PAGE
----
Terlano Winkl Sauvignon Blanc 2015
Sauvignon Blanc from Trentino-Alto Adige, Italy
Light yellow in color, with tints of green, this beautiful Sauvignon has an intense fruity bouquet with nuances of elderblossom. It is gentle on the palate, with well-balanced acidity and a smooth aftertaste.
The Wine Advocate - "Winkl is one of my absolute favorite Italian white wines and the current vintage is even better than most. The 2015 Alto Adige Sauvignon Winkl is a soft and creamy expression with loads of aromatic definition and depth. The bouquet peels back to reveal thick layers of stone fruit, acacia honey, toasted almond, wild sage and crushed mineral. Think of a Sauvignon descriptor, and this wine has it on full display. The beautiful quality of fruit is reinforced by the smoothness and the suppleness of the mouthfeel."
Vinous / Antonio Galloni - "The 2015 Sauvignon Winkl is vivid, crystalline and absolutely beautiful. Intensely varietal aromatics scream out of the glass, yet there are no angular contours or hard edges. Bright, focused and also weightless on the palate, the 2015 Winkl is a terrific example of the green, grassy style of Sauvignon in Alto Adige."
In Terlano, the wine-making tradition dates back more than 2000 years. Mild microclimatic conditions give the wines certain unique characteristics, thus adding a special flavor to them.
Terlano’s unique position at the foot of Mount Tschöggel is a key to the development of the vineyards. The southfacing slopes are ideal for grape growing. The porphyry rocks accumulate warmth and the porous soil allows the water to drain, keeping the soil dry around the roots of the wines. View all Terlano Wines
About Trentino-Alto AdigeView a map of Trentino-Alto Adige wineries (tren-TEE-noe ahl-toe ah-DEE-jay)
Notable FactsReds are likely to be Merlot, Cabernet Sauvignon and Cabernet Franc, along with a few local varieties, most notably Schiaval. The white grapes are Pinot Bianco, Pinot Grigio, Traminer and Chardonnay. Chardonnay is the most-planted and most revered, while Traminer hails from Austria and has an amazingly light body, but is also intensely floral and delicious. Pinot Bianco and Pinot Grigio are the international players that make lively whites of good value. The sweet spot of Trentino Alto-Adige is Vino Santo- a wine not to be confused with Tuscany's Vin Santo. Vino Santo (which means holy wine) is a sweet wine of the area made from dried grapes. Not found as much as Vin Santo, but still a treat.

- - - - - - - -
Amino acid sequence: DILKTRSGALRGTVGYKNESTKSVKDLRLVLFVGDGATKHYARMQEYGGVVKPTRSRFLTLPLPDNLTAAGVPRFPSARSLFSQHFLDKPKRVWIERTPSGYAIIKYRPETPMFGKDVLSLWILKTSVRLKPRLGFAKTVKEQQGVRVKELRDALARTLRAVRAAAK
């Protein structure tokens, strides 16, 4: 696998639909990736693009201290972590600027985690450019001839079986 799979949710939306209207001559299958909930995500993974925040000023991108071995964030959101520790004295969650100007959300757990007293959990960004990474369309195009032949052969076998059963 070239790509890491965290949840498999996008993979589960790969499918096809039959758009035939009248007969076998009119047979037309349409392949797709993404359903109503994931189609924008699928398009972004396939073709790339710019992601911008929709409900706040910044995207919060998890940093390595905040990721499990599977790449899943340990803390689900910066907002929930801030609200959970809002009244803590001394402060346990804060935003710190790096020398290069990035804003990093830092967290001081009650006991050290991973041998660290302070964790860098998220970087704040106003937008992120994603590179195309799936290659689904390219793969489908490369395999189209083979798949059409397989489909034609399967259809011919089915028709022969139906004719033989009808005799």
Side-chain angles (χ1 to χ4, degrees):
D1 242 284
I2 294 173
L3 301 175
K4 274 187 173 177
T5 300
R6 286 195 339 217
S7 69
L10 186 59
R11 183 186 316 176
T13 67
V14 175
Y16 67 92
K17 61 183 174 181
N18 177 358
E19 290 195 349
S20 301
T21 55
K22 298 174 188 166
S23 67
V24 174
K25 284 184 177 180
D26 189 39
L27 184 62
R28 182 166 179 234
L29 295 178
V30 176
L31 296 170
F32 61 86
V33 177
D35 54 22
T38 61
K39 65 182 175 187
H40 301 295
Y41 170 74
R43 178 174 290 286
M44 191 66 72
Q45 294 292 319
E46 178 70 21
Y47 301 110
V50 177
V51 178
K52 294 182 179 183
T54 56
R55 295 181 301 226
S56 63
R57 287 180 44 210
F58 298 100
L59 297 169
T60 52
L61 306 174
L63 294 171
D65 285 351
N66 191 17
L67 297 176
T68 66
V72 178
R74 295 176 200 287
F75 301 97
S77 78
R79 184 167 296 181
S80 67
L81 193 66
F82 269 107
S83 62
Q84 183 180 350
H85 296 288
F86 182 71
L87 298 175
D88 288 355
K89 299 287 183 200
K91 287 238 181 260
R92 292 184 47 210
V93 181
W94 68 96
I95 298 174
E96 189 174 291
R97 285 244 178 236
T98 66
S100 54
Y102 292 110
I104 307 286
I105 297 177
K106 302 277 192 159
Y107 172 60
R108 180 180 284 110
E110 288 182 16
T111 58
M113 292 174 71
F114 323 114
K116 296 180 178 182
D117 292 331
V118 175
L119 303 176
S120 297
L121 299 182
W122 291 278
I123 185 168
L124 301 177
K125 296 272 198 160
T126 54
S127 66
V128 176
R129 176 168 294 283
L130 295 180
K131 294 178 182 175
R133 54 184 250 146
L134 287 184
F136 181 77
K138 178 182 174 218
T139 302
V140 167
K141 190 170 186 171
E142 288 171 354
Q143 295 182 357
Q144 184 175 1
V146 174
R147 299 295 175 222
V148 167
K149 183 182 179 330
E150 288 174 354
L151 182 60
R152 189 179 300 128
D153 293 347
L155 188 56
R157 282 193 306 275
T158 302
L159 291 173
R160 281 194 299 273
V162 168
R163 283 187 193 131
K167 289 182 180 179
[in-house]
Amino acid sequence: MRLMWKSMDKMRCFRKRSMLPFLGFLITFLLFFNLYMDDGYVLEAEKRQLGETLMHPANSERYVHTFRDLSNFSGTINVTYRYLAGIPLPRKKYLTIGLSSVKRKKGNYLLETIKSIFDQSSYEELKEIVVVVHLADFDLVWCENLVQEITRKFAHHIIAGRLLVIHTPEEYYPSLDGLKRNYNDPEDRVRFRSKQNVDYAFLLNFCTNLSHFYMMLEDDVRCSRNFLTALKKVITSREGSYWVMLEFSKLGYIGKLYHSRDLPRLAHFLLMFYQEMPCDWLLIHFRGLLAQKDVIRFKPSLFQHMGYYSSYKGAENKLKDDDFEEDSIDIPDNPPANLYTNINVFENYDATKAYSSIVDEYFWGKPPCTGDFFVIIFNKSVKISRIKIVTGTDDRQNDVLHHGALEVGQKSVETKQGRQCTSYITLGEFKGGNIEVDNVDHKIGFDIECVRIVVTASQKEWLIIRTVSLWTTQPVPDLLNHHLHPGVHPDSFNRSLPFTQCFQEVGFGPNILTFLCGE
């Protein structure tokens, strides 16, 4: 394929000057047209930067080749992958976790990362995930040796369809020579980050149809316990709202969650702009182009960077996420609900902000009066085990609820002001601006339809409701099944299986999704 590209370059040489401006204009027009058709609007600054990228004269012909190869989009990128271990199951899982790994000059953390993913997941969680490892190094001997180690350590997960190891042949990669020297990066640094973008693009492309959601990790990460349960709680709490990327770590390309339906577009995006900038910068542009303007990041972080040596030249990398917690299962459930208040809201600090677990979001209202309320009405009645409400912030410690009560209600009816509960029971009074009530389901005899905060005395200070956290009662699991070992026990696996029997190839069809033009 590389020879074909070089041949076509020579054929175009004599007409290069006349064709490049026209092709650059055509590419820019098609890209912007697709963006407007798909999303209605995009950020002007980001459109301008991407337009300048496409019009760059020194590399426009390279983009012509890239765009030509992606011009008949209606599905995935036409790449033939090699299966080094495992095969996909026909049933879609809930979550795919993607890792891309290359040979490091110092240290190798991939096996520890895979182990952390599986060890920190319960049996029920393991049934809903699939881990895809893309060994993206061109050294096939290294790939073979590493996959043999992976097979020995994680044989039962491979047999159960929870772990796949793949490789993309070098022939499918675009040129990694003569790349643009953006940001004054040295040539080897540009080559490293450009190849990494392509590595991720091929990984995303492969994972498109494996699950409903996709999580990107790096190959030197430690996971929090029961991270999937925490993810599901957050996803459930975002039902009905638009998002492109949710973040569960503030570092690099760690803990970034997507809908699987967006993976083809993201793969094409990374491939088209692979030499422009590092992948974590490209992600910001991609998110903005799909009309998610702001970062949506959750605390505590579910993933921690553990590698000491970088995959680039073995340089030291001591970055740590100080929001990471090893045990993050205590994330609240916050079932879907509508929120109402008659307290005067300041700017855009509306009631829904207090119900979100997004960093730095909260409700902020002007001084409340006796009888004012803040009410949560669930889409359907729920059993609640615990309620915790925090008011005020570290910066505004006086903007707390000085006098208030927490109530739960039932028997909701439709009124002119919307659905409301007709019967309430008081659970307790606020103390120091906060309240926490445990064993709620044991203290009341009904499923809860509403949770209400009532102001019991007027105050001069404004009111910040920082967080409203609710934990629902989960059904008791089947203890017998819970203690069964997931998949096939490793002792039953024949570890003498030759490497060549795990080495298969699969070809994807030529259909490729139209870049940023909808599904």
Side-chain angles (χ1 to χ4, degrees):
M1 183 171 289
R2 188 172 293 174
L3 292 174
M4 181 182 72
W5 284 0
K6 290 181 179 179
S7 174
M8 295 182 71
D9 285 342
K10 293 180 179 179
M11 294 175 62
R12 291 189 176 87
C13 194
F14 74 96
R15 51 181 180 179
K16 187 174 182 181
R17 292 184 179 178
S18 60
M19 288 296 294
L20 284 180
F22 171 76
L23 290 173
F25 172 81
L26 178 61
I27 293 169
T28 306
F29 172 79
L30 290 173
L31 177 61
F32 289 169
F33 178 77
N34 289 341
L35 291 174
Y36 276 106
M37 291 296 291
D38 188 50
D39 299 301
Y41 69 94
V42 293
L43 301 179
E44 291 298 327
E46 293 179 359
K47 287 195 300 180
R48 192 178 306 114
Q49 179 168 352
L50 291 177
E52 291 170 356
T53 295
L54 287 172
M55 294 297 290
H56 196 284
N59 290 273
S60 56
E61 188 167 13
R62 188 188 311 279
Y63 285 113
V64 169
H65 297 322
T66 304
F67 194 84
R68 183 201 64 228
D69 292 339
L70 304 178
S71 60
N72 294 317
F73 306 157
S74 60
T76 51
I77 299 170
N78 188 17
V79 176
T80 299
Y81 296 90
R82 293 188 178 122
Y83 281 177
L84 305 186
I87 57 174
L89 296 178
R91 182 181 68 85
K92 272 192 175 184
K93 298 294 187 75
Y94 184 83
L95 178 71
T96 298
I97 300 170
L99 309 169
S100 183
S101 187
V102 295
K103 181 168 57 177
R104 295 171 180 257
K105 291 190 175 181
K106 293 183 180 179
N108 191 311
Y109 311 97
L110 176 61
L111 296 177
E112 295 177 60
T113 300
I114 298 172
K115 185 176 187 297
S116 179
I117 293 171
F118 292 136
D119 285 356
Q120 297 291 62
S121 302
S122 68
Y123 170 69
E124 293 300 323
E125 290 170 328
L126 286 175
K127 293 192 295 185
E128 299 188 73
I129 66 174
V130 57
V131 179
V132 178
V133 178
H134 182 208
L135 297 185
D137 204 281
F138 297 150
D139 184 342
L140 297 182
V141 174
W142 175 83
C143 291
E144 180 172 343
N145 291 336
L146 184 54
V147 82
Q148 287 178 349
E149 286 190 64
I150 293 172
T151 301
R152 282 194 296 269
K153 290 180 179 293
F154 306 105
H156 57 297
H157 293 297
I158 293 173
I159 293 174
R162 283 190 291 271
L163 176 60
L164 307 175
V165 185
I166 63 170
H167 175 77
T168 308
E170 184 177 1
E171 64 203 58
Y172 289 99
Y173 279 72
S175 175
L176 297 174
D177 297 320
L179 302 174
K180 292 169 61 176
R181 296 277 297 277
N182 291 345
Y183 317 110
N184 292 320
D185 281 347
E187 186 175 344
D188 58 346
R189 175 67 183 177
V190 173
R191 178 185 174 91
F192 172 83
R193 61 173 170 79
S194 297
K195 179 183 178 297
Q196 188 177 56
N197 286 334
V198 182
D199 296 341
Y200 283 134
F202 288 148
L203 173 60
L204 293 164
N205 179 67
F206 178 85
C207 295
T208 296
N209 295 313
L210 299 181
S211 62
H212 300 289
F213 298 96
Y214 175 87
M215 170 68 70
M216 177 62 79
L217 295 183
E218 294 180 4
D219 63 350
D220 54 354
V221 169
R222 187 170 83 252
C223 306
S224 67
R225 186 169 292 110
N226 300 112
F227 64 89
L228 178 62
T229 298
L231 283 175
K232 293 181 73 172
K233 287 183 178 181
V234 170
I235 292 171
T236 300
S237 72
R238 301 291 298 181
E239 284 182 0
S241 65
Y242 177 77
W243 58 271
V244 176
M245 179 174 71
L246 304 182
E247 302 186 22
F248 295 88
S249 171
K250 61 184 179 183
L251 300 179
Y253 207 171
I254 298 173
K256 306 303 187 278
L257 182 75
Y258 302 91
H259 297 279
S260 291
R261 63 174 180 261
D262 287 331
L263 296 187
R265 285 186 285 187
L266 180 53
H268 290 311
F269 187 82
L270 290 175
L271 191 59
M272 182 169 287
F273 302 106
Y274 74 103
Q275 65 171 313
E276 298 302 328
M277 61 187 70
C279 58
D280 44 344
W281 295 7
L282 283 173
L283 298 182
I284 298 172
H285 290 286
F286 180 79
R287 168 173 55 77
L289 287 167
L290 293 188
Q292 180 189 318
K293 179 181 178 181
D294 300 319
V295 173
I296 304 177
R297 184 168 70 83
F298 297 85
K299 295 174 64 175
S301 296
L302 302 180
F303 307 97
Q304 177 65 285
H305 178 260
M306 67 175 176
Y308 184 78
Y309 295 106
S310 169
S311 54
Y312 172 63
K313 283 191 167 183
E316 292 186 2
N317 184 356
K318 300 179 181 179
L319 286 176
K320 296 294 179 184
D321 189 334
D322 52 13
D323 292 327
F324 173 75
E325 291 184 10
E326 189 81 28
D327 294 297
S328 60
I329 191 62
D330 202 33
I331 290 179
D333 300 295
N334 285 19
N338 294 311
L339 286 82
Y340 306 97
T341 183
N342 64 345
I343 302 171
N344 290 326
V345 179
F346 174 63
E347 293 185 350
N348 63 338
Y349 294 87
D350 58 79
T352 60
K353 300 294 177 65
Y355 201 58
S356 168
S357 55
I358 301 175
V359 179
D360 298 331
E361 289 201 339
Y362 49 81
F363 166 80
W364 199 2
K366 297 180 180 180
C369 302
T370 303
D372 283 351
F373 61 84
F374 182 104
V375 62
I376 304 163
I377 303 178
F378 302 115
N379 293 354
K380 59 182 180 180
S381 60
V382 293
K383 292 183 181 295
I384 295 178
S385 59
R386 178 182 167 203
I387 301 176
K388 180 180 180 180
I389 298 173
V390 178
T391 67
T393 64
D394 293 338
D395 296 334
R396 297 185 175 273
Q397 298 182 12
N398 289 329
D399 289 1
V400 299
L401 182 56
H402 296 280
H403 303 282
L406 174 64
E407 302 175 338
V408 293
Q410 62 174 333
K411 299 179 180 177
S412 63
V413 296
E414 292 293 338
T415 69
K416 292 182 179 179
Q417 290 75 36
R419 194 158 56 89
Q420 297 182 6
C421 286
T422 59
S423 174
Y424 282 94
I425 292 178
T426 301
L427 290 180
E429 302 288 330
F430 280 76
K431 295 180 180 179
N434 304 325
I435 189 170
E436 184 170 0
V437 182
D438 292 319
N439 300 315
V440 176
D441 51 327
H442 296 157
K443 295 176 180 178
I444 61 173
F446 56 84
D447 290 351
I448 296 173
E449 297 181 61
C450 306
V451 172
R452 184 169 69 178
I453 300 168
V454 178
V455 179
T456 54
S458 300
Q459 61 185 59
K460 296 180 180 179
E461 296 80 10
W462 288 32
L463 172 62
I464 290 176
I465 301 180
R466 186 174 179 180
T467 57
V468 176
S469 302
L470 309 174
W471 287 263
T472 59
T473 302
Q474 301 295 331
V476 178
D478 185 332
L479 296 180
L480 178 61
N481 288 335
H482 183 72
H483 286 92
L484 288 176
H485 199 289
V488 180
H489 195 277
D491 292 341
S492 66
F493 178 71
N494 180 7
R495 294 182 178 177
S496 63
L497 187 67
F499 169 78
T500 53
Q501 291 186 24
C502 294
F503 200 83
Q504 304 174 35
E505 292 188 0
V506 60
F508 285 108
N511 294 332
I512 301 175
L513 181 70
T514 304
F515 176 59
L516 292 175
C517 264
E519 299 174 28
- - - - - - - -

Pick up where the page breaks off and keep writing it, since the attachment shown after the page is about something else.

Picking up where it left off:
A little ditty about Italy...This country has about as many wines as its had governments. With 20 different regions, hundreds of DOCs and even more indigenous varieties, the amount of wine made in Italy is mind-boggling. Most of the juice, however, remains in the country for thirsty Italians. Wine is food in Italy and its rare that a meal is consumed without a glass of vino. That said, it's not common to find many folks drinking wine without food either. In turn, it's a match, and a mighty good one at that. In fact, it's safe to say that Italian wine is a foodie wine – one that goes on the table for a myraid of meals.
For regions, the most popular are Tuscany (home of Chianti), Piedmont and the Tre-Venezie, which includes Veneto, Trentino Alto-Adige and Friuli. Other communes of note are in Southern Italy, and a few good wines are made elsewhere in the country. The islands of Sardinia and Sicily are members of the Italian winemaking community as well.
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